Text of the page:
- University of Maryland, Baltimore County
- NASA Goddard Space Flight Center
- Research Consortium on Nearby Stars (RECONS)
Collaboration with the TESS Team
In August 2019, I joined the TESS team at NASA Goddard Space Flight Center in Greenbelt, MD. I was a NASA Postdoctoral Program Fellow for three years, and now I’ve transitioned to a Postdoctoral Research Associate faculty position at the University of Maryland, Baltimore County (UMBC). Via a cooperative agreement between UMBC and NASA, I continue to work with the TESS team, with Dr. Joshua E. Schlieder as my advisor. My research focuses on nearby low-mass stars, with an emphasis on understanding the fully convective boundary, flare star properties, and transiting planets.
I recently led the discovery and characterization of the LHS 1678 exoplanet system, a nearby “Gaia gap” M dwarf with an uncommon history, hosting a scarcely-detected substellar companion in a decades-long orbit and three rocky planets that are candidates for atmospheric characterization with JWST. The three planets are some of the smallest to date and include an ultrashort period planet and two Venus zone planets in near-resonance. This deep-dive effort to comprehensively understand each component and the system as a whole included data from 15 different telescope systems with time baselines as long as 16 years and ranging from direct imaging to ground-based astrometry to high-precision radial velocity data and more. I intend to continue work on this system, while bringing my experience in holistic exoplanet system characterization to collaborations on other systems and projects.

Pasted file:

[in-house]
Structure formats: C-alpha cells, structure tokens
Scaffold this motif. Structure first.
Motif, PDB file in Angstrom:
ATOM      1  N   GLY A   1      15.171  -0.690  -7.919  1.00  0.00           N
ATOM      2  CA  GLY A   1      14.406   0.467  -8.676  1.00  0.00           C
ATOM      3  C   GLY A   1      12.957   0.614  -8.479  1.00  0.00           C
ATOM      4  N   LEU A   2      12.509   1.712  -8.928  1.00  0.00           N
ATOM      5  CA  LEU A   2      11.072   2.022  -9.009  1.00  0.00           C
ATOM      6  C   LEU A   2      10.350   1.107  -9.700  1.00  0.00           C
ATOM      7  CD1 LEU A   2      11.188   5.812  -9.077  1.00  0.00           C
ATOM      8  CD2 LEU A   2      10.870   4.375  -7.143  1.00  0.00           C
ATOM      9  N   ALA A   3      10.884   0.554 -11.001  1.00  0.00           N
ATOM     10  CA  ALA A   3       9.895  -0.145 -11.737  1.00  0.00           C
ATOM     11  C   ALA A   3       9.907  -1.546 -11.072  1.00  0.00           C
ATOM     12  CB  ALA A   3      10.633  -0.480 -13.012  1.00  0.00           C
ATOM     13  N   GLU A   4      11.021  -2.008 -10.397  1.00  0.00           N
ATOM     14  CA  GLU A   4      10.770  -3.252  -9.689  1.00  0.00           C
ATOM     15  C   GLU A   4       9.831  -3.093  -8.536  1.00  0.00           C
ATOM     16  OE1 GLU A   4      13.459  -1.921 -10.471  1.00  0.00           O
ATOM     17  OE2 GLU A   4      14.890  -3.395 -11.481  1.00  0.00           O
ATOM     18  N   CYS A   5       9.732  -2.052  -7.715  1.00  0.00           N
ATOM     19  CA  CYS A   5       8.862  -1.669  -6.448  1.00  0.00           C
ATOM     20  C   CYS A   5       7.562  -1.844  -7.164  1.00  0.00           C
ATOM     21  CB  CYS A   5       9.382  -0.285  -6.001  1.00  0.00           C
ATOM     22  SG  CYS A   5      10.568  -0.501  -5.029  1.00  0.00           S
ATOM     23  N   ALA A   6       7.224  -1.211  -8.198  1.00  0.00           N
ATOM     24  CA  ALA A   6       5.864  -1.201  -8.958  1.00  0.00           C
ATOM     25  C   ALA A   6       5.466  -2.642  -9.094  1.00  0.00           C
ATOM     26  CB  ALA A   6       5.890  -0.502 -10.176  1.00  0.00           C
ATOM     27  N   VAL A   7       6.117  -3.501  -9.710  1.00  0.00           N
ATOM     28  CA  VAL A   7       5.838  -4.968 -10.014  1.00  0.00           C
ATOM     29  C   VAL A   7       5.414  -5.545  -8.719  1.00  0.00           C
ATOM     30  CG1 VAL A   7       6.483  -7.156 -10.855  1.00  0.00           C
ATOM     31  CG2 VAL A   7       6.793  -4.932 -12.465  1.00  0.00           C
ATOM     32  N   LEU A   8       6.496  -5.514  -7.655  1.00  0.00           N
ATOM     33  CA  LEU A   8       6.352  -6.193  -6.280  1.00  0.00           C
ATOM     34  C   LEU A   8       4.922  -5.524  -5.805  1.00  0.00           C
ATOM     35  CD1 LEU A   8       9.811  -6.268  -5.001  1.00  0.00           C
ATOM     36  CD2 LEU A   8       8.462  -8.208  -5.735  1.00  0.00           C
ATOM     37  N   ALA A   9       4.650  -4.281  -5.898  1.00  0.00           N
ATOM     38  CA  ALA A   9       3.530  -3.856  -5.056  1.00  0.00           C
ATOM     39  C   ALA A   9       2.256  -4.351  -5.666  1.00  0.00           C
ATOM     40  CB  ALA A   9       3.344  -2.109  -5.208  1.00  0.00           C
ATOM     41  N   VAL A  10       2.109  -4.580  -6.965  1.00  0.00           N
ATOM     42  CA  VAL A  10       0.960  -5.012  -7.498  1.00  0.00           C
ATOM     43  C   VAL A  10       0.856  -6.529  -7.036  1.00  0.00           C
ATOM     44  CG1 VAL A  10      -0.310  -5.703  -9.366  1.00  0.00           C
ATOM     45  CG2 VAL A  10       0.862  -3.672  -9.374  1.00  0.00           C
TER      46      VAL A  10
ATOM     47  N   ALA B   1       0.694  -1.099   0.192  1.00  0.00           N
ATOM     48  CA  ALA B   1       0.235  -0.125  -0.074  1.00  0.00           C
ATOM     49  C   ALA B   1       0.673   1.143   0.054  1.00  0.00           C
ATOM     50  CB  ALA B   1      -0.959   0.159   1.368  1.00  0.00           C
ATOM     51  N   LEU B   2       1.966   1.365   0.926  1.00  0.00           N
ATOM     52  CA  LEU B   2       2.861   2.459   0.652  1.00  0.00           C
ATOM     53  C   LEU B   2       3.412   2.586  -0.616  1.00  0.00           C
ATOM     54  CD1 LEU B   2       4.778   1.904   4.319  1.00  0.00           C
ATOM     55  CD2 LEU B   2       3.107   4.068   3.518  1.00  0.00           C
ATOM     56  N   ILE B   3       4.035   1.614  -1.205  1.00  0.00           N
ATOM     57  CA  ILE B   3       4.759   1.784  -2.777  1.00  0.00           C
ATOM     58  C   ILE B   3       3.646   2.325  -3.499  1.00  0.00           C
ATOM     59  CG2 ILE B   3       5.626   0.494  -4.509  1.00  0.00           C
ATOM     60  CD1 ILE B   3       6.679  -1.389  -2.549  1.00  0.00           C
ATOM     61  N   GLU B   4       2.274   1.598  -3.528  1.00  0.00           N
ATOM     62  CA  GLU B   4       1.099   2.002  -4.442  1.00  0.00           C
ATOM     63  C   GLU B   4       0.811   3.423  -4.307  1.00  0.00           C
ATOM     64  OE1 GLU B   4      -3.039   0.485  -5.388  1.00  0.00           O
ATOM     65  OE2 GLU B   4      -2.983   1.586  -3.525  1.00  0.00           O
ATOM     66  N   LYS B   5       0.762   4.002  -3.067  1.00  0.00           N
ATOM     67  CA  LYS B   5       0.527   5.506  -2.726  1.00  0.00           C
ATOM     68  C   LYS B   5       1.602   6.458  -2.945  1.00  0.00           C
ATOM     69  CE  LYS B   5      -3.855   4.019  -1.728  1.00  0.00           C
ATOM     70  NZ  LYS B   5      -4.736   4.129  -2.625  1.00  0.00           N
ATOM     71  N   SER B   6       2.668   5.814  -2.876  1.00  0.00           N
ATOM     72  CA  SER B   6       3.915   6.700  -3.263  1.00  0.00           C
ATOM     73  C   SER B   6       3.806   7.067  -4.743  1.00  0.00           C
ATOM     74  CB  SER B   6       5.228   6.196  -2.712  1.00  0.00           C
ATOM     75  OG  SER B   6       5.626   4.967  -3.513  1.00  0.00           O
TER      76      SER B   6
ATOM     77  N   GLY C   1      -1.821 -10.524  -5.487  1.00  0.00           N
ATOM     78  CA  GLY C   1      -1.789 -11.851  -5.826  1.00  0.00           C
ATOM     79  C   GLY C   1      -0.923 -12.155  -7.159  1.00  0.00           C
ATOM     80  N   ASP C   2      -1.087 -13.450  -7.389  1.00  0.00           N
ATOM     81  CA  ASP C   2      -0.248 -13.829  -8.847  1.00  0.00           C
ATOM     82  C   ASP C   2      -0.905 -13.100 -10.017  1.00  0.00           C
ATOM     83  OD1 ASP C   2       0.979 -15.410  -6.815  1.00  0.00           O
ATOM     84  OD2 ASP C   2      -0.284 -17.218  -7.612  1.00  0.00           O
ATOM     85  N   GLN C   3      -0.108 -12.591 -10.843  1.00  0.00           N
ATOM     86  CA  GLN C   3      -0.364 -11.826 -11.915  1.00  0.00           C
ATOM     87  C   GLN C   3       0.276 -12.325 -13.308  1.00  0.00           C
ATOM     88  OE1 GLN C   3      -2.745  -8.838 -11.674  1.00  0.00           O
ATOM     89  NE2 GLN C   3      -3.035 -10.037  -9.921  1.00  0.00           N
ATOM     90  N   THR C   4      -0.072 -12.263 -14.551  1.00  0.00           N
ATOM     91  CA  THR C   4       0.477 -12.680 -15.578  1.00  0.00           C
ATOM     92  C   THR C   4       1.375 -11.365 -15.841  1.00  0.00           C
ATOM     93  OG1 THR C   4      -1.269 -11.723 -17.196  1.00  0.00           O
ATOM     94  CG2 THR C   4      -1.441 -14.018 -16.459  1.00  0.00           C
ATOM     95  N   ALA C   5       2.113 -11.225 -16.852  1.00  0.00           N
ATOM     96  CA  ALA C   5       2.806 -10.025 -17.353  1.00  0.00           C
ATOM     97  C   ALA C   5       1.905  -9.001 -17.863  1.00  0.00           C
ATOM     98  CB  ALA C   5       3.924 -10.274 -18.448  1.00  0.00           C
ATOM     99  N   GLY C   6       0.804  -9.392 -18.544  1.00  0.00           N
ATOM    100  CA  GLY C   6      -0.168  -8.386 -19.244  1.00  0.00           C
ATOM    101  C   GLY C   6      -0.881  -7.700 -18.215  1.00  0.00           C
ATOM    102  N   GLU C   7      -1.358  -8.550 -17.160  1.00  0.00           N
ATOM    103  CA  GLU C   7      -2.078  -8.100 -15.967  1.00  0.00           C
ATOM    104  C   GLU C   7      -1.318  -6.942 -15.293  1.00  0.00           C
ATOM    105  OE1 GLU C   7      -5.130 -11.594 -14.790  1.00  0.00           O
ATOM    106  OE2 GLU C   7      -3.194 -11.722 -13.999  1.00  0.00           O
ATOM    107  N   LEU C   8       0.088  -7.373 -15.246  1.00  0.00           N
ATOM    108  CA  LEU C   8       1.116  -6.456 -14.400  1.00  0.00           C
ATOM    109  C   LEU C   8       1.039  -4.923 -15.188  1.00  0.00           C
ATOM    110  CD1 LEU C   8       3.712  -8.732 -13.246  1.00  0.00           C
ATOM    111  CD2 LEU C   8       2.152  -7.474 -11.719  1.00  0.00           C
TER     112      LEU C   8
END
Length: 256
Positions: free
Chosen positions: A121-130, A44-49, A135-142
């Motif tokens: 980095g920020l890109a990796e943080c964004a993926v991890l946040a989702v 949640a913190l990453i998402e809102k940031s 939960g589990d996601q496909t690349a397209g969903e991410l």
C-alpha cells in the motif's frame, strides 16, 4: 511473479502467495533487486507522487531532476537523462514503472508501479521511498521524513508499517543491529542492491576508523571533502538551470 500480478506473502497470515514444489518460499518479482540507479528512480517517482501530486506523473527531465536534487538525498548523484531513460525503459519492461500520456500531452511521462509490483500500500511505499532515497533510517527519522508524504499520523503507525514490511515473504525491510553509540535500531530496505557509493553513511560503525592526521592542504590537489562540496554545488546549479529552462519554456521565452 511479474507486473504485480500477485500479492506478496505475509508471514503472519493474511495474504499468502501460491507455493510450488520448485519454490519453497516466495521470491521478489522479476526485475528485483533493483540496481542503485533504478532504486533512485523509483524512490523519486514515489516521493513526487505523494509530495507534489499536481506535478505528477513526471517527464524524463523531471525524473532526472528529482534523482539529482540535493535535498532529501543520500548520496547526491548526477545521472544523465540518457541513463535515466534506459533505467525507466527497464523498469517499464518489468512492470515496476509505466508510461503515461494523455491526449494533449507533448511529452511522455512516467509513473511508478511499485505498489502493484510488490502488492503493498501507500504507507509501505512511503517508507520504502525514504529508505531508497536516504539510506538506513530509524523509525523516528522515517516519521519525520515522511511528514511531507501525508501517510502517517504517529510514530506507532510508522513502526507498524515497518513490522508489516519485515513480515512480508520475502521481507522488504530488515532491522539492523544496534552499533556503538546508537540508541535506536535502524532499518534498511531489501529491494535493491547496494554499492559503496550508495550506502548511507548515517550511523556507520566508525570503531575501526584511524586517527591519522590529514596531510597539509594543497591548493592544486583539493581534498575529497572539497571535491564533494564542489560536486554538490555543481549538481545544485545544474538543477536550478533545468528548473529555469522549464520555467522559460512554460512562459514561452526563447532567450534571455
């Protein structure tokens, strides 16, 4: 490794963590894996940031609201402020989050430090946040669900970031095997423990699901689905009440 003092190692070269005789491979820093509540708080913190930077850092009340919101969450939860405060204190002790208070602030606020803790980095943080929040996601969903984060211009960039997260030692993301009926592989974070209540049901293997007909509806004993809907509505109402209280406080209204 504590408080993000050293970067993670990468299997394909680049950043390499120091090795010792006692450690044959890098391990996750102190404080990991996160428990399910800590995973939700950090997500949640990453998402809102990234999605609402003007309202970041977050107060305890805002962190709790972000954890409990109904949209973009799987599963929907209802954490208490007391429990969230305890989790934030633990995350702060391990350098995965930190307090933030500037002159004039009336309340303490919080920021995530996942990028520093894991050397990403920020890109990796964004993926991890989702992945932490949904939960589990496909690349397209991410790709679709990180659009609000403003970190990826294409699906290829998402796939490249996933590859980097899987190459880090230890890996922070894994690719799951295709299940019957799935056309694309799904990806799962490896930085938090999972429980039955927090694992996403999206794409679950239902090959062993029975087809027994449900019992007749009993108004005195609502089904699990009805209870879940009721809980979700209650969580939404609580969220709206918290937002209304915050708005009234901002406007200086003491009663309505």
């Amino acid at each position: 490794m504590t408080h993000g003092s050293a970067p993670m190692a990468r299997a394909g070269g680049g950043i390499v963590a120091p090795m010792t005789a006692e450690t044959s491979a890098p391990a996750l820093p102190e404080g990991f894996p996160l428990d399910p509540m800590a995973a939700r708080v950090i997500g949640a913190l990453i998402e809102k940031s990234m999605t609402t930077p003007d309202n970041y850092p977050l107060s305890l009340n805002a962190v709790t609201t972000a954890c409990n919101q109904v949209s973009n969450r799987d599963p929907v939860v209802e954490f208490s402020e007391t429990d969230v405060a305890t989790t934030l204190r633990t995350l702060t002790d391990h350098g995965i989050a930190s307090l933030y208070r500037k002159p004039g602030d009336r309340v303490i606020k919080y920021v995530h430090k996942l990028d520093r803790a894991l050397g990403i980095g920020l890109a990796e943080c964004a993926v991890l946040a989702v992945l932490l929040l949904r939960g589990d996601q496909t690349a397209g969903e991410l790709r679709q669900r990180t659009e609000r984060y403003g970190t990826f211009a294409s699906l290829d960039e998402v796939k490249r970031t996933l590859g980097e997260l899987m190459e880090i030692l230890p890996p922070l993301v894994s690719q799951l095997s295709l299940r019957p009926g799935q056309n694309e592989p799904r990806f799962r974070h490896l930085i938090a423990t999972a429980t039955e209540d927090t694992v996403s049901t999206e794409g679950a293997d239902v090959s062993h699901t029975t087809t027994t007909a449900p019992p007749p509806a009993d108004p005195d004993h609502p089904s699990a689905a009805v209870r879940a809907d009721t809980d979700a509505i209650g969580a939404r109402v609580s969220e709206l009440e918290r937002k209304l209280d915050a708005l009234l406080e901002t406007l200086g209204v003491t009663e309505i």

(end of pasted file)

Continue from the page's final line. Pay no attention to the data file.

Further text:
Continued Connection with RECONS
Collaboration with the RECONS team is ongoing, most notably on topics of astrometry and ground-based observations.
Promoting Small Telescopes: Although my time as the official “SMARTS Graduate Fellow” is over, I continue to promote the use of small telescopes in Chile, namely the SMARTS/CTIO 0.9m and SMARTS/CTIO 1.5m telescopes at CTIO. I am happy to discuss (1) whether either of these telescopes are right for your goals, (2) how to apply for or buy time, (3) how to obtain observations, (4) what to do with the resulting data, or (5) any other questions you may have.
The Tie between RECONS and SMARTS: RECONS currently runs two telescopes on the mountain in Chile. The first is the SMARTS/CTIO 0.9m telescope, at which we have an ongoing 20-year astrometry program. The long time-baseline of the program, extraordinary stability of the telescope and camera, and expertise of the team make this program a strong contributor to astrometric and photometric studies of nearby stars, even in the era of Gaia astrometry (publications). RECONS also runs the SMARTS/CTIO 1.5m telescope, most notably leading a comprehensive K dwarf radial velocity survey and providing key follow-up of exoplanet candidates.